THE MAIL

July 1 2004

THE MAIL

July 1 2004

THE MAIL

‘The idea of Stephen Harper as PM fills me with dread. He may sound like a reasonable man, but make no mistake, leopards don’t change their spots.’

Heien O'Reilly, Edmonton

Pre-election jitters

I’m a dual citizen of Canada and the United States and spend roughly half my time in each country. As such, I’m appalled at the possibility of Stephen Harper becoming prime minister (“Our next prime minister?” Cover, June 14). He and the new Conservatives constitute a frightening parallel to George W. Bush and the Republicans. Never mind Harper’s so-called “hidden agenda,” his stated agenda of tax cuts and increased military spending will result in the Americanization of Canadian society. If you vote Conservative, be prepared for huge deficits, inflation, the shredding of the social safety net, along with the curtailment of gay rights and women’s reproductive choice.

John Sass, Grand Bend, Ont.

Not since the Quebec referendum of October 1995, when Canada almost became a divided country, have I felt such overwhelming fear for this wonderful nation. I refuse to believe that Canadian citizens would sacrifice all the freedoms and rights that we have gained over the years to a party that tries to pass itself off as the “Conservative Party.” Stephen Harper et al. are only using the Conservative party name as a drawing card for votes from the uninformed and those who will, at any cost, vote anything but Liberal. Harper’s “Conservatives” are so far right in their ideology that any true conservative will run away as far to the left as he/she can go.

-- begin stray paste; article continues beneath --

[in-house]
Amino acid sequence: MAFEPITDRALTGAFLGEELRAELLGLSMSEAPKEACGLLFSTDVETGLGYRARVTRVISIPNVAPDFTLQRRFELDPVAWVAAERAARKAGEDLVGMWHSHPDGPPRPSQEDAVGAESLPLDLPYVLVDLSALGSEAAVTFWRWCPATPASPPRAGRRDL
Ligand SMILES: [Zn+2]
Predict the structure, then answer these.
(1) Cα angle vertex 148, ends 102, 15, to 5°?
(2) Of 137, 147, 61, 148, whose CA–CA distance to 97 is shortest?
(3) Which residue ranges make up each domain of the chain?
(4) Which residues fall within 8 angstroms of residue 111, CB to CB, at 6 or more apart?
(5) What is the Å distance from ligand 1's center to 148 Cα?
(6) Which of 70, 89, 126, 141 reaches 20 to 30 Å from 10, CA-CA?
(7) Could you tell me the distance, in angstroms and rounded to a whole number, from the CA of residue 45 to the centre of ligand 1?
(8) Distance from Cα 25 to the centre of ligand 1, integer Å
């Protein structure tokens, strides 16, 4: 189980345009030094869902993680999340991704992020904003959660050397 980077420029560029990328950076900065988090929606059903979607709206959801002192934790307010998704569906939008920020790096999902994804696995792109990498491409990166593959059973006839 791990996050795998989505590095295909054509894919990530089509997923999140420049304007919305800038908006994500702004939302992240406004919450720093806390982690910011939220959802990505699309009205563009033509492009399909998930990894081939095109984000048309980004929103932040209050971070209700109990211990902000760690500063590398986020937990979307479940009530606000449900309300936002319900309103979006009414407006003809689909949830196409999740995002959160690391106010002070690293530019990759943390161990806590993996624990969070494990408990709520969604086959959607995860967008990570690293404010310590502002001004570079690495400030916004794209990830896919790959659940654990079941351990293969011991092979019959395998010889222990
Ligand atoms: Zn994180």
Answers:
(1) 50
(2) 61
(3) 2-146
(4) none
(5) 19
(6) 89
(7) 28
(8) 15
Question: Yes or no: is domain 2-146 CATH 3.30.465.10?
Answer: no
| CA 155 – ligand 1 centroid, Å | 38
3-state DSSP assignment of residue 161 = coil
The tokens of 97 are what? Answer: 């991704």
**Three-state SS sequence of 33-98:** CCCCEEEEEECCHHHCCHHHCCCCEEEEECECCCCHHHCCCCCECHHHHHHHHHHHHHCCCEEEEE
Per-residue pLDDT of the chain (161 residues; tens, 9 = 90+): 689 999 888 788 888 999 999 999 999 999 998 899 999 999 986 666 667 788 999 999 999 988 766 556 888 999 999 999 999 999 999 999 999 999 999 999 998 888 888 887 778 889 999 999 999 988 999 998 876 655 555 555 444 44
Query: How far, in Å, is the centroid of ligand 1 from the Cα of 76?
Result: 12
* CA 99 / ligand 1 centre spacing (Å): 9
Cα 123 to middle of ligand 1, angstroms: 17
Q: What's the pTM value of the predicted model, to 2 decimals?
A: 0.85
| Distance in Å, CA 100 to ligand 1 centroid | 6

Barrie Munro, Calgary

On your June 14 cover, you asked, “How do you like the sound of Prime Minister Stephen Harper?” The answer: We love it!

Linda and Ross Ball, Ingersoll, Ont.

The scariest cover you’ve ever produced. We’ve hidden it from our grandchildren. John Q. Gregg, Quathlaski Cove, B.C.

In their anger over corruption perpetrated by Jean Chretien’s cabal, many Canadians appear to have forgotten the reasons they wanted Paul Martin to become our next

prime minister. In 1993, Martin took the most difficult job in Canadian politics, minister of finance, and did what most people thought was impossible. He eliminated the deficit while presiding over a period of unparalleled growth; growth that has continued, even as the U.S. economy has faltered. In other words, Martin proved his competence and earned his chance to be prime minister.

Scott McMeekin, Toronto

It is unfortunate that many people in our country do not make the effort to educate themselves before the vote, and it does a greater disservice to our country when people do not bother to vote in elections at all

Remembering Reagan I

The former president’s death evokes a memory

Michael McCafferty of Regina was 24 when he shared an elevator with Ronald Reagan in 1975, five years before the former actor became president. They were attending a Young Republicans convention and Reagan complimented McCafferty on his interest in U.S. politics. “He was my hero,” writes McCafferty, “one of the giants of history, along with Lincoln and Churchill.”